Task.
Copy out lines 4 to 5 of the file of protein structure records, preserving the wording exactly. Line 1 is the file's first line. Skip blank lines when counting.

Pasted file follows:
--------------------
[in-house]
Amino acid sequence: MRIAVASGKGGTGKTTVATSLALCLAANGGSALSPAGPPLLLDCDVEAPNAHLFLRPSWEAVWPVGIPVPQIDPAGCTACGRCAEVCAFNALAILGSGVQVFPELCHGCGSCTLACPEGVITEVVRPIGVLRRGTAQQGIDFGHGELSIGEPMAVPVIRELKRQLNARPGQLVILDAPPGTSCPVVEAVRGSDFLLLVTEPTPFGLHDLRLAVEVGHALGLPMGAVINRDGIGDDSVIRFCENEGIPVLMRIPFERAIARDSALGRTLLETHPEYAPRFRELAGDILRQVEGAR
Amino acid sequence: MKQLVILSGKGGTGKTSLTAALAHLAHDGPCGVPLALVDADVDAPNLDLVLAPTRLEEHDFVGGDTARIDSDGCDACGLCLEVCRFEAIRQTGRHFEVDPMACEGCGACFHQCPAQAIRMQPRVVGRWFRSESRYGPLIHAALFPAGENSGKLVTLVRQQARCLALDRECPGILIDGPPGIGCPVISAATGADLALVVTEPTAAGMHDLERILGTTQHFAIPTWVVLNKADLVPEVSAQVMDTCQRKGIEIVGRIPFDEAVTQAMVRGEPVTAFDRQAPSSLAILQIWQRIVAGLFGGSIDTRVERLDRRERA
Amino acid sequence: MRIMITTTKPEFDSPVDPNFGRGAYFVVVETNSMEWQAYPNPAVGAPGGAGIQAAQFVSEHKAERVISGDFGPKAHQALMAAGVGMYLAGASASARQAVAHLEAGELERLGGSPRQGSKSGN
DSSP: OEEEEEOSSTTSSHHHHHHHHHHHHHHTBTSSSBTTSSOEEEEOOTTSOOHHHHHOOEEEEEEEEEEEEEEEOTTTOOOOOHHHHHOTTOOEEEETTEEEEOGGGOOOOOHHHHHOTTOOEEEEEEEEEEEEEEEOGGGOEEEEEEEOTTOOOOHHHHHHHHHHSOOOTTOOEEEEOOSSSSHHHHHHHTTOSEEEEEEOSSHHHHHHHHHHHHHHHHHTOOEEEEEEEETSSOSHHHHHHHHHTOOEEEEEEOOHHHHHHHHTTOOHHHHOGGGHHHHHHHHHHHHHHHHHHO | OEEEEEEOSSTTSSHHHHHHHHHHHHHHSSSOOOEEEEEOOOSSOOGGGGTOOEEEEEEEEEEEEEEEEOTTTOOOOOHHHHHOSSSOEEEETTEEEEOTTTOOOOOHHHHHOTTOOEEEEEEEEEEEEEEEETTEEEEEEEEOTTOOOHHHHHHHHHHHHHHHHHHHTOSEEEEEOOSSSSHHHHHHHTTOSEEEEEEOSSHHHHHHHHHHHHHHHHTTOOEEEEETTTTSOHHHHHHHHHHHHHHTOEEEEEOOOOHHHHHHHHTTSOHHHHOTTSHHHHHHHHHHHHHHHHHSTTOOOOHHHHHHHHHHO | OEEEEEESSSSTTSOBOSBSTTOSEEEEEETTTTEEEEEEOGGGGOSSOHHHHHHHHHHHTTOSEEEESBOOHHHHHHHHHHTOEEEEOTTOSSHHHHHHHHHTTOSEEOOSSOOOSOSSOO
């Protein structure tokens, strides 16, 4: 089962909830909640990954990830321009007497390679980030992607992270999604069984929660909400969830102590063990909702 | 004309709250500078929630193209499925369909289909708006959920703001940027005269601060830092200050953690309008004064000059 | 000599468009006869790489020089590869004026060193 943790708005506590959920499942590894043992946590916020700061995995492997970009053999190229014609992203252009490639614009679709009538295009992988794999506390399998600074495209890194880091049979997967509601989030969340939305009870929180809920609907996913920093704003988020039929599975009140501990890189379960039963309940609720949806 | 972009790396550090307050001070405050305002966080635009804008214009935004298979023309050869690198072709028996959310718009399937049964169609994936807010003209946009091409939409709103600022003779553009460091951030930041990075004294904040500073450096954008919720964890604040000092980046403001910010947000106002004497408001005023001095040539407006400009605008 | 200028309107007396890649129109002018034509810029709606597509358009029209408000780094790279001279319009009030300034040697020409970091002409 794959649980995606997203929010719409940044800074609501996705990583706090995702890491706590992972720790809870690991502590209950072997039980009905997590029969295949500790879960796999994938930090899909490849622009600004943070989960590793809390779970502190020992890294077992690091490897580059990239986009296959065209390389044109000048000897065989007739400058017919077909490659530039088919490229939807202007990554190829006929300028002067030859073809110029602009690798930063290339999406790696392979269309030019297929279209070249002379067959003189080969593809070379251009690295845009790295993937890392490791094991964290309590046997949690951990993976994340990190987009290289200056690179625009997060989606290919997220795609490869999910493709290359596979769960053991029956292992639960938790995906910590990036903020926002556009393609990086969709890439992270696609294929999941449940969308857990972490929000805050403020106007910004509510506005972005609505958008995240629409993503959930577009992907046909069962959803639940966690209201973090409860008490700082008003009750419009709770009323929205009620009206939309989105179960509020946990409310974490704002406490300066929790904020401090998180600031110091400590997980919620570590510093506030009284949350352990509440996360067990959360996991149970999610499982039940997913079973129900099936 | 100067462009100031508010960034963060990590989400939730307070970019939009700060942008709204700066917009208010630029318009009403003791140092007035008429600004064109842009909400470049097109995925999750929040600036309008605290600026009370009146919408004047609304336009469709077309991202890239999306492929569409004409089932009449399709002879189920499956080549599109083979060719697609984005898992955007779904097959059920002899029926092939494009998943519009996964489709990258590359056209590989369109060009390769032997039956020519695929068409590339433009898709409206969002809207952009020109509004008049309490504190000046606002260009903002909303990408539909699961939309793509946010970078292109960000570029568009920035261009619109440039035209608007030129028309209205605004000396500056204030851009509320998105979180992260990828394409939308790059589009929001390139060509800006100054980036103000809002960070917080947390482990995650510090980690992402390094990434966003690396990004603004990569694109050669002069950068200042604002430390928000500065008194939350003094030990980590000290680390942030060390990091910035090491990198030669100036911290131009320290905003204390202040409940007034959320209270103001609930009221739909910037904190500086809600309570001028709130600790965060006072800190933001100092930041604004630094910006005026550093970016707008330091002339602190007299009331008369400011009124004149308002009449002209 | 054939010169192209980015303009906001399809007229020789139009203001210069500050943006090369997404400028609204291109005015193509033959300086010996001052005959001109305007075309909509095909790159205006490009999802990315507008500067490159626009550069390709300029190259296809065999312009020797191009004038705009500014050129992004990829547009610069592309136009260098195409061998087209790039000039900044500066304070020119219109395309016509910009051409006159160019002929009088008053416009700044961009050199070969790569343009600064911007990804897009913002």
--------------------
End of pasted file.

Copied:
Amino acid sequence: MRIMITTTKPEFDSPVDPNFGRGAYFVVVETNSMEWQAYPNPAVGAPGGAGIQAAQFVSEHKAERVISGDFGPKAHQALMAAGVGMYLAGASASARQAVAHLEAGELERLGGSPRQGSKSGN
DSSP: OEEEEEOSSTTSSHHHHHHHHHHHHHHTBTSSSBTTSSOEEEEOOTTSOOHHHHHOOEEEEEEEEEEEEEEEOTTTOOOOOHHHHHOTTOOEEEETTEEEEOGGGOOOOOHHHHHOTTOOEEEEEEEEEEEEEEEOGGGOEEEEEEEOTTOOOOHHHHHHHHHHSOOOTTOOEEEEOOSSSSHHHHHHHTTOSEEEEEEOSSHHHHHHHHHHHHHHHHHTOOEEEEEEEETSSOSHHHHHHHHHTOOEEEEEEOOHHHHHHHHTTOOHHHHOGGGHHHHHHHHHHHHHHHHHHO | OEEEEEEOSSTTSSHHHHHHHHHHHHHHSSSOOOEEEEEOOOSSOOGGGGTOOEEEEEEEEEEEEEEEEOTTTOOOOOHHHHHOSSSOEEEETTEEEEOTTTOOOOOHHHHHOTTOOEEEEEEEEEEEEEEEETTEEEEEEEEOTTOOOHHHHHHHHHHHHHHHHHHHTOSEEEEEOOSSSSHHHHHHHTTOSEEEEEEOSSHHHHHHHHHHHHHHHHTTOOEEEEETTTTSOHHHHHHHHHHHHHHTOEEEEEOOOOHHHHHHHHTTSOHHHHOTTSHHHHHHHHHHHHHHHHHSTTOOOOHHHHHHHHHHO | OEEEEEESSSSTTSOBOSBSTTOSEEEEEETTTTEEEEEEOGGGGOSSOHHHHHHHHHHHTTOSEEEESBOOHHHHHHHHHHTOEEEEOTTOSSHHHHHHHHHTTOSEEOOSSOOOSOSSOO